Fred Dustin

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Fred Dustin (October 12, 1866 – May 15, 1957) was a writer focusing on the American West, in particular George Armstrong Custer and The Battle of the Little Bighorn.

Early years[edit]

Dustin was born in Glens Falls, New York to James and Jennie E. (Green) O'Donnell. His mother died soon after his birth and he was sent to live with his aunt, Sara, who was married to Ira Dustin, whose last name Fred legally assumed. When he was 15, Fred Dustin left school and went to work in a lumber yard.


In 1887, he moved to Saginaw, Michigan, and became a carpenter and building contractor. His passion was studying the Indian culture and history of his area, and he was an archaeological surveyor for the University of Michigan and an amateur archaeologist. In 1919, he published a booklet entitled The Saginaw treaty of 1819 between General Lewis Cass and the Chippewa Indians. He conducted an archaeological survey of Isle Royale from 1929 until 1930. Dustin published some of the earliest sketches of the Ogemaw Earthworks and other Saginaw sites associated with the Mound builders in 1931.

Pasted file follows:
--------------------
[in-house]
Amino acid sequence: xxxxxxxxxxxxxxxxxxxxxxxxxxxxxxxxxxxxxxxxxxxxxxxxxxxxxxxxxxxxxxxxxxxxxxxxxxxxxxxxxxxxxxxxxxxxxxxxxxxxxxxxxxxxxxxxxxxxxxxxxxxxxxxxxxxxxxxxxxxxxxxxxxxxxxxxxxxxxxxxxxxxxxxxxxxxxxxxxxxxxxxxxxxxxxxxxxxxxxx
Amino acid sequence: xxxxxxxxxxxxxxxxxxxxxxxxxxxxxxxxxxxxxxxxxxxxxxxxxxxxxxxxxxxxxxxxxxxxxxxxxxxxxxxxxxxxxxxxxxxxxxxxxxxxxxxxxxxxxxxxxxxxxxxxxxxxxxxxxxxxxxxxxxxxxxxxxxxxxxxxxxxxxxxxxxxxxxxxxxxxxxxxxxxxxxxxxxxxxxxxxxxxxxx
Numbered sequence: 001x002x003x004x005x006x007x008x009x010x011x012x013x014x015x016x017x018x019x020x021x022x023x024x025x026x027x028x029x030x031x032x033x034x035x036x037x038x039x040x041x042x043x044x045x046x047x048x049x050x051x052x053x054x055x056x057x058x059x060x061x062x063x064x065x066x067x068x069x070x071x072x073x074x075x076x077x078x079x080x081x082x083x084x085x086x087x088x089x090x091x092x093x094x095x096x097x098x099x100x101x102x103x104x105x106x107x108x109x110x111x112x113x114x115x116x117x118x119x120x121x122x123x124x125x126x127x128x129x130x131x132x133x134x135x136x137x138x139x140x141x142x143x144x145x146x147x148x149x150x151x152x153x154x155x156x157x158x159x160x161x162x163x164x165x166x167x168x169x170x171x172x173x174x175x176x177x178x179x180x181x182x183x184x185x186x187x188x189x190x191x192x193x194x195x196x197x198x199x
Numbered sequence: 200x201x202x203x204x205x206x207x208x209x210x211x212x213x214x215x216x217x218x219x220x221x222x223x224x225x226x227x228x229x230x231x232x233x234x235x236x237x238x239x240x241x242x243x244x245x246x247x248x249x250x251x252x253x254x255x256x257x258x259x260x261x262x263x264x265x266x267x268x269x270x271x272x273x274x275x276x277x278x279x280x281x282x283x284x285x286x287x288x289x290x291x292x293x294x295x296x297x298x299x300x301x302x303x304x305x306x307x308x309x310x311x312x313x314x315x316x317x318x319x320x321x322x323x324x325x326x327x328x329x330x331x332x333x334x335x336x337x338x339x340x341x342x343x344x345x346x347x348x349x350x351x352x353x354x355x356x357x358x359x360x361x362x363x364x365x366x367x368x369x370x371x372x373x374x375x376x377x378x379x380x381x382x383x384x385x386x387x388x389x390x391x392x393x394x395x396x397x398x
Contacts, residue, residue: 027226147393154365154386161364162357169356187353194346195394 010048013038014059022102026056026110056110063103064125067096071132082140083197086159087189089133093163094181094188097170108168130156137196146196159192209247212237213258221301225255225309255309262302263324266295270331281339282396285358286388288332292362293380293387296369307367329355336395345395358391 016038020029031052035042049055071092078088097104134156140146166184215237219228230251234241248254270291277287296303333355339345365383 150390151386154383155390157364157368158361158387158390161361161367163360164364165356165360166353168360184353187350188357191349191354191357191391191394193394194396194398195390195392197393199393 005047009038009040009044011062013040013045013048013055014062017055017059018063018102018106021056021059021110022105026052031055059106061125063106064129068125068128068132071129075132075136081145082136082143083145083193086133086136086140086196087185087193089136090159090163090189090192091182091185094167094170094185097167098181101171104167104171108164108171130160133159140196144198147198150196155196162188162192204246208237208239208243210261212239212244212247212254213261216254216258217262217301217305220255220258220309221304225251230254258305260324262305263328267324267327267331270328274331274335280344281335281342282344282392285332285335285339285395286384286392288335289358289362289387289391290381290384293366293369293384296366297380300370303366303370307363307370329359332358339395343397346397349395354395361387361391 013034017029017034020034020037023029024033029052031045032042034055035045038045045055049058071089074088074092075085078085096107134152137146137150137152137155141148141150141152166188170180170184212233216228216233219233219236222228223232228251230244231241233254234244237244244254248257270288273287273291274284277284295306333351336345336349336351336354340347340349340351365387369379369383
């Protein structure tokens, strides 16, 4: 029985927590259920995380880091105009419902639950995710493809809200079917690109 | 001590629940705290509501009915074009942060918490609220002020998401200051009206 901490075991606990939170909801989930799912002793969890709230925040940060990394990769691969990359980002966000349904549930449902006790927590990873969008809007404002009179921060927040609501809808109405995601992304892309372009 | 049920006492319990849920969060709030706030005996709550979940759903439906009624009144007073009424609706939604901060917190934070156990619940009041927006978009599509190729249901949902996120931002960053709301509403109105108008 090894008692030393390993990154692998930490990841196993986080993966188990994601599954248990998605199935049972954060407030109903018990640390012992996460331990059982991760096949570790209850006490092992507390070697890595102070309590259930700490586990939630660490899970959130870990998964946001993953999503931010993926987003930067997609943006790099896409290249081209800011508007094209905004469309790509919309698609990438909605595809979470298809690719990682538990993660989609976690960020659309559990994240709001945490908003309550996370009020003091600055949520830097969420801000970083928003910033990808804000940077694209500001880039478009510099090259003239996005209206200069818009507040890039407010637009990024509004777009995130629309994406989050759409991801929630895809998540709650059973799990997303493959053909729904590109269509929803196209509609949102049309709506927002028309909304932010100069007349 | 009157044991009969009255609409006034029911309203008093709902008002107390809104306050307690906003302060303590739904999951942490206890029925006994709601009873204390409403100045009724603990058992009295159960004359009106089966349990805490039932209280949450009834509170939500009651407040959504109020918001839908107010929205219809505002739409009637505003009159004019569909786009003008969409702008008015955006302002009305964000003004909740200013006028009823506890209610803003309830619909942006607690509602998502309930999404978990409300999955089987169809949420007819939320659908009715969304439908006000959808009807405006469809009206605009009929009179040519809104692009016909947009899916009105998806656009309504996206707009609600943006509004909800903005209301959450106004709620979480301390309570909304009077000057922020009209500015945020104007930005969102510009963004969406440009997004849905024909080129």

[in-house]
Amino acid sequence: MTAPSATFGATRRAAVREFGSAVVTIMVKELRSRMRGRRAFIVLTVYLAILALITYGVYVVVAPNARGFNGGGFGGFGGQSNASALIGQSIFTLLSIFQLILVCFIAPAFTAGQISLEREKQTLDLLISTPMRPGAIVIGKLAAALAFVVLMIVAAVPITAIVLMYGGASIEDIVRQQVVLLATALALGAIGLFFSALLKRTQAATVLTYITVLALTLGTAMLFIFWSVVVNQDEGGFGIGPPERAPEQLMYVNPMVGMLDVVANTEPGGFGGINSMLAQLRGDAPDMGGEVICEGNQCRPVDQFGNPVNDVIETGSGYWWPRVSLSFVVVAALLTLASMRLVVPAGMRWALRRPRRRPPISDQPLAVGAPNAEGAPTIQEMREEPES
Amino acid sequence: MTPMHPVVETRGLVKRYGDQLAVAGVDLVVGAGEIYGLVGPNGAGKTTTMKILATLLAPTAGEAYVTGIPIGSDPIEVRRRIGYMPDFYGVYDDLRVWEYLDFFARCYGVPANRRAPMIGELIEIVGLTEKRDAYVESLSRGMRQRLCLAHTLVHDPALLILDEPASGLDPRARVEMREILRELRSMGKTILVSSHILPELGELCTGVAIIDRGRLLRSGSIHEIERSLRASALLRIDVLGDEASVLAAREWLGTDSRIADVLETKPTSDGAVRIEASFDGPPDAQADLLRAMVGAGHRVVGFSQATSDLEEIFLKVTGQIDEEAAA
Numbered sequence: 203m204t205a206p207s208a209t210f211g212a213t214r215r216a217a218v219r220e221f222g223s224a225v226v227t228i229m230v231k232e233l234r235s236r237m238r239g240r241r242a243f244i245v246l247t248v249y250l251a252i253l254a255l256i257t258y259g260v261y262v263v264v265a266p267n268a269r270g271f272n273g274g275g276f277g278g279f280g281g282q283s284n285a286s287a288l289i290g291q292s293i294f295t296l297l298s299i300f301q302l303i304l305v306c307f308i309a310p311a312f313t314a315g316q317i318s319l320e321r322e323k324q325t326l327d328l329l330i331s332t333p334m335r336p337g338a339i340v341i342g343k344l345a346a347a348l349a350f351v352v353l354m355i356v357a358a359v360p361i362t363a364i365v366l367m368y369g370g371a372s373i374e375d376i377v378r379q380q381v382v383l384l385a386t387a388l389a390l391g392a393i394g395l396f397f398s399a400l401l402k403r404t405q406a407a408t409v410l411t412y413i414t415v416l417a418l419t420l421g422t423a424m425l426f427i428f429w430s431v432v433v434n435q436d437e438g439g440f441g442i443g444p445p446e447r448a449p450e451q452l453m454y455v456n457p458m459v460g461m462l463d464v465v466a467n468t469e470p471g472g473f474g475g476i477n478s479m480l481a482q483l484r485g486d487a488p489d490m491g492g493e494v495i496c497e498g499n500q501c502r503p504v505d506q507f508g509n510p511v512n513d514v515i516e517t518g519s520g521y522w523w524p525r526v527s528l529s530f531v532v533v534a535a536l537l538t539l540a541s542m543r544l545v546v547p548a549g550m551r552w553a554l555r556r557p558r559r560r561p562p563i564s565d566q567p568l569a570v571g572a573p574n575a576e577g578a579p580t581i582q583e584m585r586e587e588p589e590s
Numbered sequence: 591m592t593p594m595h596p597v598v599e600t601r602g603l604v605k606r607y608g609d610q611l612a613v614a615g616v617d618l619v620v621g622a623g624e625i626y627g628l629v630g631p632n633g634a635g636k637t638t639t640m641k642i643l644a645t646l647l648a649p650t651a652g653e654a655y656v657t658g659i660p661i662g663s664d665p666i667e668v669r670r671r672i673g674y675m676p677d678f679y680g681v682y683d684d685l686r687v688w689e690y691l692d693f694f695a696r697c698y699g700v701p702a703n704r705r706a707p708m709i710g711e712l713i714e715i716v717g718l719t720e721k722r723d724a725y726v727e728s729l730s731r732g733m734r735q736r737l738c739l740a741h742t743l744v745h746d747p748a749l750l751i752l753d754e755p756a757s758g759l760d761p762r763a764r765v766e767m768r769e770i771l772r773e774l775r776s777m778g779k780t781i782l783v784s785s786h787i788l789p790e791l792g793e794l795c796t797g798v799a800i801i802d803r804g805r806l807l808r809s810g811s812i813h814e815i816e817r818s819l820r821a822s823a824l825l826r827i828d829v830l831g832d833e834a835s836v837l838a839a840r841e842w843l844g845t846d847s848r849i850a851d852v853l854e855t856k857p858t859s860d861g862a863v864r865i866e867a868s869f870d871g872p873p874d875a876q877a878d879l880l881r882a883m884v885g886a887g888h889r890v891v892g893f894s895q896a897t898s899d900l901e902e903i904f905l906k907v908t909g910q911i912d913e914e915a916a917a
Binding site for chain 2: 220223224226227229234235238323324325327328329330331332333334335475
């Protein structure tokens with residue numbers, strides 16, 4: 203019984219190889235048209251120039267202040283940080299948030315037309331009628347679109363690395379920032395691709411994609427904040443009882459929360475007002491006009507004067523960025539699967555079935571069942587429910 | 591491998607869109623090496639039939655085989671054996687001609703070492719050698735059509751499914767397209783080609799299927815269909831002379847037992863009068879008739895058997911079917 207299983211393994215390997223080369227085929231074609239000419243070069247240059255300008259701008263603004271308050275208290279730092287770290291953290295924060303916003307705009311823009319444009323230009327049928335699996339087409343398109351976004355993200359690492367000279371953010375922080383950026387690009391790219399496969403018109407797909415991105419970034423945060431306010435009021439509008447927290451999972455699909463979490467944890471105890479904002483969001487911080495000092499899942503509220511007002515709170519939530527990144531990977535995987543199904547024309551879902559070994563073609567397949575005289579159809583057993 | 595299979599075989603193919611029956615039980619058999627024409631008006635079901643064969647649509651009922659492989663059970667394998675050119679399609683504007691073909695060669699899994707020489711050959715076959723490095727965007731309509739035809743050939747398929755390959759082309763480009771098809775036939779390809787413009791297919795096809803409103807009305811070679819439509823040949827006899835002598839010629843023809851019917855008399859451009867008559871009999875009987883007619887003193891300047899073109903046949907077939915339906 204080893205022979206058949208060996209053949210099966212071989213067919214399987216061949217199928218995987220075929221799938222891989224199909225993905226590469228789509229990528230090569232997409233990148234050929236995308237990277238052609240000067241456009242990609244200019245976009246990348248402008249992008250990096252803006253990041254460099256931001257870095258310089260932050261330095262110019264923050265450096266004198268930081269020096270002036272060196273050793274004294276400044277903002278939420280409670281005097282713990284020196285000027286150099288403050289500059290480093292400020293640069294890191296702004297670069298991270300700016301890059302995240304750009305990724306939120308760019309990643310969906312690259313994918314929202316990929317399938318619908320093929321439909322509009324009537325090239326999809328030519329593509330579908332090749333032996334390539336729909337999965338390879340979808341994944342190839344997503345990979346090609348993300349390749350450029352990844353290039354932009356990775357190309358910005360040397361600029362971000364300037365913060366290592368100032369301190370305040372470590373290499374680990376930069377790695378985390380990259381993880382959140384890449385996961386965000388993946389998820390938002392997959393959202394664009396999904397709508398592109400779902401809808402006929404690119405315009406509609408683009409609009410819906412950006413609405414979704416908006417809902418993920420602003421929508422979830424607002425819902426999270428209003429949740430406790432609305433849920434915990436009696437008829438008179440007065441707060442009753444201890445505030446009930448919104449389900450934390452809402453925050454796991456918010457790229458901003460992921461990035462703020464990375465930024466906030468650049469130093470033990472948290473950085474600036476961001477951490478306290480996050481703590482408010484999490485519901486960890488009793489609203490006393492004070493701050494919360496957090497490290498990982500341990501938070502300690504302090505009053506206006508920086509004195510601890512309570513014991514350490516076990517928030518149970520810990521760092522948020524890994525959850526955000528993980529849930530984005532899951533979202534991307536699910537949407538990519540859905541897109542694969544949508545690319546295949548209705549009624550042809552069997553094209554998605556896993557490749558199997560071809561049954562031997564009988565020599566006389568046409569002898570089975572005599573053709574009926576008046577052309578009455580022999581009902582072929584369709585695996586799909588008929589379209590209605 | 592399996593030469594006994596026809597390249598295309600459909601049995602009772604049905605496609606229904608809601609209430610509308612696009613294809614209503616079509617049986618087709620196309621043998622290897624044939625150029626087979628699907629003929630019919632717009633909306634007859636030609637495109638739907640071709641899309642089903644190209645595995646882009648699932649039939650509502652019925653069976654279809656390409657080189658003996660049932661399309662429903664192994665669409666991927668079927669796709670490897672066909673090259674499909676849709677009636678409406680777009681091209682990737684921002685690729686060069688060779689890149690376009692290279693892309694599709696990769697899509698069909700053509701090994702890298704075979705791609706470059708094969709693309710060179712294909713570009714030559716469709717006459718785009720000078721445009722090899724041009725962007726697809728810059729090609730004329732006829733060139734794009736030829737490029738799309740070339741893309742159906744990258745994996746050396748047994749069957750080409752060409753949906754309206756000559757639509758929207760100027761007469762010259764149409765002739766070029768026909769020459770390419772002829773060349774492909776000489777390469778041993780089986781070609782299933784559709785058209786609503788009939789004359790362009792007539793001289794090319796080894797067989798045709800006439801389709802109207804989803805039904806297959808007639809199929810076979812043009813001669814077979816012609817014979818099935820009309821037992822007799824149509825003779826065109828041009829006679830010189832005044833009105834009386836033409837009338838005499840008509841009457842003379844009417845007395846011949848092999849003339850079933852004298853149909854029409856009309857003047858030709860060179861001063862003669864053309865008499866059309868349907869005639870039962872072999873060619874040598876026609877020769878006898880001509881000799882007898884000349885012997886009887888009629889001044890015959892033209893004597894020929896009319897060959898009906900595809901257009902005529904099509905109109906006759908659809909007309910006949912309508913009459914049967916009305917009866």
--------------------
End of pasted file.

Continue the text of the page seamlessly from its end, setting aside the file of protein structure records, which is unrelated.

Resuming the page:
Historian of the Battle of the Little Bighorn[edit]

Dustin corresponded with and interviewed a number of surviving Indians, civilian interpreters, and soldiers starting in the early 1900s for compilation of their personal narratives of the 1876 fight at Little Bighorn. He spent over 30 years researching the battle and its participants. Dustin was known for his disdain for Custer and criticism of his actions, and his support for the controversial Major Marcus Reno.

Ironically, he made his only visit to the Custer Battlefield in 1938. The following year, he published his life's research in a work entitled The Custer Tragedy: Events Leading Up to and Following the Little Big Horn Campaign on 1876, a work considered a classic in Custeriana.

Fred Dustin died in Saginaw, aged 90.


  • [1] Biography of Dustin
  • [2] University of Michigan library collection of Dustin's papers